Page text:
I shall be tuning in to the Statement on Monday afternoon but suspect the news will not be good and that the Chancellor will make some daft decisions, based on his boss’s criteria.
For example, it will probably be tied up in red tape so that it can be channelled to the poorest. Personally I have no problem with that, other than for the red tape!
But it will not do what the government want. It is obvious (to me) that the people most in debt are the poorest in society, many of whom have incurred large credit card debts and, those lucky enough to own their own homes, high mortgage debts. These people are extremely worried and will want to cut down their debt, and more importantly, their interest charges. They will, on the whole, use the rebate to pay off some of their debts. So people won’t go out and “spend for England”. Rather they will sit at home and “save for their families”.
As I said, I have no problem with that. But, if I were the Prime Minister and desperately needed to stimulate the economy, I would give the rebate to the better off who would be more likely to “spend for England”.
There is also talk about lowering the VAT rate for a token period. This will not stimulate the economy enough, unless the decision is made to really reduce the VAT down to 5%. 10% may stimulate a little but I really cannot imagine a reduction of more than 2.5% or at the most 5%. The government just doesn’t have enough imagination.
The main underlying problem is that nobody is addressing the root cause of our monetary problems. Everything is based on Keynesian Economics. This just doesn’t work and there will be heartbreak for decades to come if we continue along this dangerous path.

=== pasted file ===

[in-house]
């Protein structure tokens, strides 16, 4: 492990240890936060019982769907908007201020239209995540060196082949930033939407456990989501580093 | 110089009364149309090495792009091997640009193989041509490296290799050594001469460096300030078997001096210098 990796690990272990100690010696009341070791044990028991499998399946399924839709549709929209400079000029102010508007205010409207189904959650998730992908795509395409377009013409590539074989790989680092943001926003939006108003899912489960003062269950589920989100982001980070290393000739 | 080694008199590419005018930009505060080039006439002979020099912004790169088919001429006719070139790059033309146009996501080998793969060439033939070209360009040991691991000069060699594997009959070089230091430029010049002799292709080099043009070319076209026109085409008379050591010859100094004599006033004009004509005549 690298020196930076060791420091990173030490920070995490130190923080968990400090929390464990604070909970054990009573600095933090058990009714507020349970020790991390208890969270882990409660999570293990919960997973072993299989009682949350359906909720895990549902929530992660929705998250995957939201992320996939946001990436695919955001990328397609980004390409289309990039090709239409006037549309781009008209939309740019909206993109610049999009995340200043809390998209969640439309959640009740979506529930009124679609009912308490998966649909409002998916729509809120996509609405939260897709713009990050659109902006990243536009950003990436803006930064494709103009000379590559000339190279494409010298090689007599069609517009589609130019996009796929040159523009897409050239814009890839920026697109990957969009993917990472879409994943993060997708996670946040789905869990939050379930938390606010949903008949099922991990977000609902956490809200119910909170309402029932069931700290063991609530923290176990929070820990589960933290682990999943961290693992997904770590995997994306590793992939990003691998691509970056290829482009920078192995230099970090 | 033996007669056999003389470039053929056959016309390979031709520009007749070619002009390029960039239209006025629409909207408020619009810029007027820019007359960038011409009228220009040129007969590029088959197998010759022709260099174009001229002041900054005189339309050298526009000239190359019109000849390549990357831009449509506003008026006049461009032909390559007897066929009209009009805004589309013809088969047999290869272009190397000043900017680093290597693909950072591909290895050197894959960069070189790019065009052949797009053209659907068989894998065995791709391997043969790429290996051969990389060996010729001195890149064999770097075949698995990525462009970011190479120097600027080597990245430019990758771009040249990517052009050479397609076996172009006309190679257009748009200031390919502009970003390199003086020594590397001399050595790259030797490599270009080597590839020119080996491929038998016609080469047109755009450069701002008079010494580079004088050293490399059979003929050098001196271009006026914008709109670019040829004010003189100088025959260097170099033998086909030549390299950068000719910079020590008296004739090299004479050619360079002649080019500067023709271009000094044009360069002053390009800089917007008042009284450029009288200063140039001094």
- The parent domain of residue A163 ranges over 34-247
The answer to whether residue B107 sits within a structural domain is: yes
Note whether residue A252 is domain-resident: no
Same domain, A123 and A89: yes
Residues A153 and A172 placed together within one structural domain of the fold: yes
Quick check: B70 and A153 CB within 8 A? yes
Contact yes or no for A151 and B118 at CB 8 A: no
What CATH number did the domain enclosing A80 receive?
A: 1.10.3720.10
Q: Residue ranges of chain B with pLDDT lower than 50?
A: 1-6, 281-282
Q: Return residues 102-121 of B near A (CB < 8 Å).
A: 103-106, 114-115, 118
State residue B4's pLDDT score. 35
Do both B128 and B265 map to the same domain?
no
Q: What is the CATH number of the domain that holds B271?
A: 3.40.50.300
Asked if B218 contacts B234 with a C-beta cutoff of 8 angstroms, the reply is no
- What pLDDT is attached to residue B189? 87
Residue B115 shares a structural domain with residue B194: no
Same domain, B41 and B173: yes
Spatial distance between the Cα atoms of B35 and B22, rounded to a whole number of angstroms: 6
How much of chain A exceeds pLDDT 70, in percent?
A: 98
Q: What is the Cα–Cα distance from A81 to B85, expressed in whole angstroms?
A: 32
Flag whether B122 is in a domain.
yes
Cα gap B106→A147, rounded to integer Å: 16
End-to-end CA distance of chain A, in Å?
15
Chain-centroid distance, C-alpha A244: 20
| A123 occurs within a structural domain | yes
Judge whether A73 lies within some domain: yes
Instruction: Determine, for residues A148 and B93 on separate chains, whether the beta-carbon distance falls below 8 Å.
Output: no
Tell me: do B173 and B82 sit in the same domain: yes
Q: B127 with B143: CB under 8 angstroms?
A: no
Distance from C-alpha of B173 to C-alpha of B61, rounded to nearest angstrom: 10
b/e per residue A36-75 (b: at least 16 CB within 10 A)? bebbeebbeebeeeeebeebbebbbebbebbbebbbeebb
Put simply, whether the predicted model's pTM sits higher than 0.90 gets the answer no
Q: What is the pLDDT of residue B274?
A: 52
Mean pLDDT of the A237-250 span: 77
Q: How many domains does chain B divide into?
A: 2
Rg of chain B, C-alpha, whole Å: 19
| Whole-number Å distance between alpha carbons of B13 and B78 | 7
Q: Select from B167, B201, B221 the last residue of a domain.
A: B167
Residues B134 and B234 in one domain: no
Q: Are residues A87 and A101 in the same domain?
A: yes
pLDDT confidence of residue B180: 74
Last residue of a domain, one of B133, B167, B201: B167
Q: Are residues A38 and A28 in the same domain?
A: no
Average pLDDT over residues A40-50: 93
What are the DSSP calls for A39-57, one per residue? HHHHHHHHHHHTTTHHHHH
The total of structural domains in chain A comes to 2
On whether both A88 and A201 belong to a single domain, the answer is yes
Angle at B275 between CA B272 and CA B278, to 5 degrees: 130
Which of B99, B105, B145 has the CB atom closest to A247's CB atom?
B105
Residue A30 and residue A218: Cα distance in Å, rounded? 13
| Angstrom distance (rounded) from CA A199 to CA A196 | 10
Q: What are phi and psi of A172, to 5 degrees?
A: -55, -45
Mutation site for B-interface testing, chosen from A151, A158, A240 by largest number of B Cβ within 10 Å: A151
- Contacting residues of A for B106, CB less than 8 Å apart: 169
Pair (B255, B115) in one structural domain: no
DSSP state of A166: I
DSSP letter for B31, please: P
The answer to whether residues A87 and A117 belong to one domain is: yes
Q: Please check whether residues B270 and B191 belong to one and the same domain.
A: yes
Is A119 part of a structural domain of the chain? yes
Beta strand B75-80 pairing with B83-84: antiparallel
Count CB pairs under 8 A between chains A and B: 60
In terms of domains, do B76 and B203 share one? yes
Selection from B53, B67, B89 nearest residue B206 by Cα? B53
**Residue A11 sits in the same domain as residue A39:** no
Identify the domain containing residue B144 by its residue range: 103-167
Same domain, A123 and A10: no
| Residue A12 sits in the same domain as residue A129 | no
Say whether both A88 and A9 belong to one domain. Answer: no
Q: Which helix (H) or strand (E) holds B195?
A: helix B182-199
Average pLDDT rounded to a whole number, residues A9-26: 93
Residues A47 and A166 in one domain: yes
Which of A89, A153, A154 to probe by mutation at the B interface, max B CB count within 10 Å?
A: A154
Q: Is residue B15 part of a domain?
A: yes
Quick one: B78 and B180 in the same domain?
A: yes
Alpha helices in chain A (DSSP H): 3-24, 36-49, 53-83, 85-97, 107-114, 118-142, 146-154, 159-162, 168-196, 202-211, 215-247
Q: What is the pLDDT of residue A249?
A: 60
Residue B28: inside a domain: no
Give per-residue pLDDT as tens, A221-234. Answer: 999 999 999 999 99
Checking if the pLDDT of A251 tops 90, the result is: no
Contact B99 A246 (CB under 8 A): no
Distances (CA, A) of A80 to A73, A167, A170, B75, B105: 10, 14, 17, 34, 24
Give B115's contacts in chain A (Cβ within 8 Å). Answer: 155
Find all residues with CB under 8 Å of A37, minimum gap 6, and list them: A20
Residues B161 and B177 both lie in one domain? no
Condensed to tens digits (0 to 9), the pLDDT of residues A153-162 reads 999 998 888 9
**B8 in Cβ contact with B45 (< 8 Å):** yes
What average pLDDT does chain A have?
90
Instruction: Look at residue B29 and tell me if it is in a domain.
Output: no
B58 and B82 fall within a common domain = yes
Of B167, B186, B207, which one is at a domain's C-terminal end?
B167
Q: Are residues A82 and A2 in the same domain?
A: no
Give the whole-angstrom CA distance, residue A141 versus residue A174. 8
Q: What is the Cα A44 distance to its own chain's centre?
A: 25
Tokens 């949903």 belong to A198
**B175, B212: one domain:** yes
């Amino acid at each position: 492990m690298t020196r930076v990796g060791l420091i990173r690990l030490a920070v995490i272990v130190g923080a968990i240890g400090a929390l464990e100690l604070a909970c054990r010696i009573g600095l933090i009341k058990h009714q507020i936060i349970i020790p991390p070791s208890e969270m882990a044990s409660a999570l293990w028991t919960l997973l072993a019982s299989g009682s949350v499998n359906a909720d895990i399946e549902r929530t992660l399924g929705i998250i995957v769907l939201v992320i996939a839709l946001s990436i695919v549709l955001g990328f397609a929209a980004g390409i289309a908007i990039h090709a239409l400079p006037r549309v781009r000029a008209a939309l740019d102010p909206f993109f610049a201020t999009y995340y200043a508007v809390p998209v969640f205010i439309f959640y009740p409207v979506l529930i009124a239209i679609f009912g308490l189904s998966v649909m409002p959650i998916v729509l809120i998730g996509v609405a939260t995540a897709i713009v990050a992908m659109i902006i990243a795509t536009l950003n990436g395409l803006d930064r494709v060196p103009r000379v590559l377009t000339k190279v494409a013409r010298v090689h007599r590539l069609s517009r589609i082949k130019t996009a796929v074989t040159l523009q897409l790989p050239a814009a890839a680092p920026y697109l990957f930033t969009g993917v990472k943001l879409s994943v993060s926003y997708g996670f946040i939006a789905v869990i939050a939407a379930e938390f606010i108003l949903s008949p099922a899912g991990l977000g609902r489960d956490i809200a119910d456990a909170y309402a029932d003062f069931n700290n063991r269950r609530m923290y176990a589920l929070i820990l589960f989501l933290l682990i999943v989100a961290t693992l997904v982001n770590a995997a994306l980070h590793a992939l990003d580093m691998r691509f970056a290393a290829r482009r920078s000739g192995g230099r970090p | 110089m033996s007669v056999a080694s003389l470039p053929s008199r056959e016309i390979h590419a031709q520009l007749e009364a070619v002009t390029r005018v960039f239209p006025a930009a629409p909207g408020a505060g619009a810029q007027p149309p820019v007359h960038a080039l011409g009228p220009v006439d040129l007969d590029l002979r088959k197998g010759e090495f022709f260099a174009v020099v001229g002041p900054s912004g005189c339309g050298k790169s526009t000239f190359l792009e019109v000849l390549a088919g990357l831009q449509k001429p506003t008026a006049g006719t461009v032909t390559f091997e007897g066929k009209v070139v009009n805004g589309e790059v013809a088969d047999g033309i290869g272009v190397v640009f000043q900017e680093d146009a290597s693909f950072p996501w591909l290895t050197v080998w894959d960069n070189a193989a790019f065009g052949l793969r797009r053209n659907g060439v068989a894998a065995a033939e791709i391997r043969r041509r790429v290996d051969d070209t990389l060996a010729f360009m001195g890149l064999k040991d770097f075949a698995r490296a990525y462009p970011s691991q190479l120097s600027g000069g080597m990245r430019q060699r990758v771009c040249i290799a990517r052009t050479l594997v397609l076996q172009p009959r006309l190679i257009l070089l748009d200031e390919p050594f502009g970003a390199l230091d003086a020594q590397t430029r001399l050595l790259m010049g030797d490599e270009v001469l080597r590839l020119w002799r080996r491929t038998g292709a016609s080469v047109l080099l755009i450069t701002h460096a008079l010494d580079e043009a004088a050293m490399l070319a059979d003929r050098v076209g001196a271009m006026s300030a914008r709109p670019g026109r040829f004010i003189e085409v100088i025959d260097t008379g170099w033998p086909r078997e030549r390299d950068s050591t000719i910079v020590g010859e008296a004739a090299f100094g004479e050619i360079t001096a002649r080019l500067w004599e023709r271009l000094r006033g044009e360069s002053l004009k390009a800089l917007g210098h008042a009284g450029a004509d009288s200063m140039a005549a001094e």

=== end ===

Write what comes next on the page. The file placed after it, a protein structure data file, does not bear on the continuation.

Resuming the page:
I am a firm believer of Hayek Economics which is a stalwart of the Austrian School of Economics. This school, since WW2, has been based in the United States of America. They don’t believe in printing money, or increasing the National Debt at every little opportunity. To switch over to Haydek now would admittedly cause hardships, but would put our country on the right path so that we would all benefit in the longer term.
What school do you belong to? If you have no credit card debt, or indeed any other debt other than a mortgage which, when taken out, was for an amount with repayments no higher than you could easily repay, you might probably follow Hayek. However, if you are ladened down with debt, or haven’t yet realised the king is naked, you could well favour the Keynesian school.